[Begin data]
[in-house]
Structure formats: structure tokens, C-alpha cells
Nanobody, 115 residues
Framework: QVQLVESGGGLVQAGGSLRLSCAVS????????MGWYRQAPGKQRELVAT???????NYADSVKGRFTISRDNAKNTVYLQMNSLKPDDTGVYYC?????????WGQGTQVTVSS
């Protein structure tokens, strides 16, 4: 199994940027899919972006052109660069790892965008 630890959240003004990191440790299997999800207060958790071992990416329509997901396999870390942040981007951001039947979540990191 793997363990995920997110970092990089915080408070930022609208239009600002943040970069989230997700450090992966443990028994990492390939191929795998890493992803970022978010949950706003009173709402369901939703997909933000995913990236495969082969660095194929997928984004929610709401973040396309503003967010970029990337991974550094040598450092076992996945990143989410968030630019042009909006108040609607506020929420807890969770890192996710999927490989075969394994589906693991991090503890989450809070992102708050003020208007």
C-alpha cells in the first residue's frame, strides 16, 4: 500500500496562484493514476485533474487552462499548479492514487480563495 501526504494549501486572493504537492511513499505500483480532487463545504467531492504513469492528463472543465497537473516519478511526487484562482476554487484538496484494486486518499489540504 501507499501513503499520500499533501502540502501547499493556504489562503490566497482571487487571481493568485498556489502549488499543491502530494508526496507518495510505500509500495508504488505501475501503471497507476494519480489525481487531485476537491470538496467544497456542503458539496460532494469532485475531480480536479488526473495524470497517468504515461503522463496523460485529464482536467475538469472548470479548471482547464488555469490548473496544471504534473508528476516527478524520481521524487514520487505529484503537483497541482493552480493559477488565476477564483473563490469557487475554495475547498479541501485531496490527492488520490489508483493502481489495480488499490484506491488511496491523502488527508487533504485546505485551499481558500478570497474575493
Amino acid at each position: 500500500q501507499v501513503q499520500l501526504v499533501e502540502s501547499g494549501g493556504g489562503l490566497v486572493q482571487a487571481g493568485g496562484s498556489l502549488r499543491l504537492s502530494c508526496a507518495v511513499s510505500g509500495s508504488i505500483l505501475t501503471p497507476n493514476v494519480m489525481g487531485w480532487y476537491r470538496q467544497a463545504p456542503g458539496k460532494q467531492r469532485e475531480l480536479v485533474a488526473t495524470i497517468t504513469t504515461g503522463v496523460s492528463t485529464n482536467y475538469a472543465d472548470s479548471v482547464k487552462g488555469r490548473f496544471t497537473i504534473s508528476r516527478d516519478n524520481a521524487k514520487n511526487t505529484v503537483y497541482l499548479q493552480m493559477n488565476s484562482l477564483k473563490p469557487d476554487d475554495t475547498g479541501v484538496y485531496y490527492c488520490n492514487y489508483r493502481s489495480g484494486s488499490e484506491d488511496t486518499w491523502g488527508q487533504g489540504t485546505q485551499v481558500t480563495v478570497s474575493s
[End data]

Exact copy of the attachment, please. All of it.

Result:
[in-house]
Structure formats: structure tokens, C-alpha cells
Nanobody, 115 residues
Framework: QVQLVESGGGLVQAGGSLRLSCAVS????????MGWYRQAPGKQRELVAT???????NYADSVKGRFTISRDNAKNTVYLQMNSLKPDDTGVYYC?????????WGQGTQVTVSS
């Protein structure tokens, strides 16, 4: 199994940027899919972006052109660069790892965008 630890959240003004990191440790299997999800207060958790071992990416329509997901396999870390942040981007951001039947979540990191 793997363990995920997110970092990089915080408070930022609208239009600002943040970069989230997700450090992966443990028994990492390939191929795998890493992803970022978010949950706003009173709402369901939703997909933000995913990236495969082969660095194929997928984004929610709401973040396309503003967010970029990337991974550094040598450092076992996945990143989410968030630019042009909006108040609607506020929420807890969770890192996710999927490989075969394994589906693991991090503890989450809070992102708050003020208007």
C-alpha cells in the first residue's frame, strides 16, 4: 500500500496562484493514476485533474487552462499548479492514487480563495 501526504494549501486572493504537492511513499505500483480532487463545504467531492504513469492528463472543465497537473516519478511526487484562482476554487484538496484494486486518499489540504 501507499501513503499520500499533501502540502501547499493556504489562503490566497482571487487571481493568485498556489502549488499543491502530494508526496507518495510505500509500495508504488505501475501503471497507476494519480489525481487531485476537491470538496467544497456542503458539496460532494469532485475531480480536479488526473495524470497517468504515461503522463496523460485529464482536467475538469472548470479548471482547464488555469490548473496544471504534473508528476516527478524520481521524487514520487505529484503537483497541482493552480493559477488565476477564483473563490469557487475554495475547498479541501485531496490527492488520490489508483493502481489495480488499490484506491488511496491523502488527508487533504485546505485551499481558500478570497474575493
Amino acid at each position: 500500500q501507499v501513503q499520500l501526504v499533501e502540502s501547499g494549501g493556504g489562503l490566497v486572493q482571487a487571481g493568485g496562484s498556489l502549488r499543491l504537492s502530494c508526496a507518495v511513499s510505500g509500495s508504488i505500483l505501475t501503471p497507476n493514476v494519480m489525481g487531485w480532487y476537491r470538496q467544497a463545504p456542503g458539496k460532494q467531492r469532485e475531480l480536479v485533474a488526473t495524470i497517468t504513469t504515461g503522463v496523460s492528463t485529464n482536467y475538469a472543465d472548470s479548471v482547464k487552462g488555469r490548473f496544471t497537473i504534473s508528476r516527478d516519478n524520481a521524487k514520487n511526487t505529484v503537483y497541482l499548479q493552480m493559477n488565476s484562482l477564483k473563490p469557487d476554487d475554495t475547498g479541501v484538496y485531496y490527492c488520490n492514487y489508483r493502481s489495480g484494486s488499490e484506491d488511496t486518499w491523502g488527508q487533504g489540504t485546505q485551499v481558500t480563495v478570497s474575493s